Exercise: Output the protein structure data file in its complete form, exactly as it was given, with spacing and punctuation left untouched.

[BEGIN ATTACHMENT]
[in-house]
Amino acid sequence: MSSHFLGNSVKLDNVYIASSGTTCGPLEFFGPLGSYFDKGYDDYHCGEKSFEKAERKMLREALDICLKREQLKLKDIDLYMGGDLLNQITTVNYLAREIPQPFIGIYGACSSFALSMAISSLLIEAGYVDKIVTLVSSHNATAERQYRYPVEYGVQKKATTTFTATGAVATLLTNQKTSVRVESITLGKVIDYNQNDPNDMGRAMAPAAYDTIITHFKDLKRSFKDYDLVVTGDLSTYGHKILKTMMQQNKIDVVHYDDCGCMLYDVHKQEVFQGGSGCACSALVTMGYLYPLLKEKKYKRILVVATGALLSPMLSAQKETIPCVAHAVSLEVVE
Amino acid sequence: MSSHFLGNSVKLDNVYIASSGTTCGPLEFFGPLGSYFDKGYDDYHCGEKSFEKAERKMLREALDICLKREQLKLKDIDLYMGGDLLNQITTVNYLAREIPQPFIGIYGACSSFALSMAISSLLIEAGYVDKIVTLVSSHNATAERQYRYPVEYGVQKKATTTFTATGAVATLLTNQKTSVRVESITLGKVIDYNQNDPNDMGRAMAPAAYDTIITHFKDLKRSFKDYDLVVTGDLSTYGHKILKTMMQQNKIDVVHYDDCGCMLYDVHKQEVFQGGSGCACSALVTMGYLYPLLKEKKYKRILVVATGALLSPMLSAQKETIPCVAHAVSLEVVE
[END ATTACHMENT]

[in-house]
Amino acid sequence: MSSHFLGNSVKLDNVYIASSGTTCGPLEFFGPLGSYFDKGYDDYHCGEKSFEKAERKMLREALDICLKREQLKLKDIDLYMGGDLLNQITTVNYLAREIPQPFIGIYGACSSFALSMAISSLLIEAGYVDKIVTLVSSHNATAERQYRYPVEYGVQKKATTTFTATGAVATLLTNQKTSVRVESITLGKVIDYNQNDPNDMGRAMAPAAYDTIITHFKDLKRSFKDYDLVVTGDLSTYGHKILKTMMQQNKIDVVHYDDCGCMLYDVHKQEVFQGGSGCACSALVTMGYLYPLLKEKKYKRILVVATGALLSPMLSAQKETIPCVAHAVSLEVVE
Amino acid sequence: MSSHFLGNSVKLDNVYIASSGTTCGPLEFFGPLGSYFDKGYDDYHCGEKSFEKAERKMLREALDICLKREQLKLKDIDLYMGGDLLNQITTVNYLAREIPQPFIGIYGACSSFALSMAISSLLIEAGYVDKIVTLVSSHNATAERQYRYPVEYGVQKKATTTFTATGAVATLLTNQKTSVRVESITLGKVIDYNQNDPNDMGRAMAPAAYDTIITHFKDLKRSFKDYDLVVTGDLSTYGHKILKTMMQQNKIDVVHYDDCGCMLYDVHKQEVFQGGSGCACSALVTMGYLYPLLKEKKYKRILVVATGALLSPMLSAQKETIPCVAHAVSLEVVE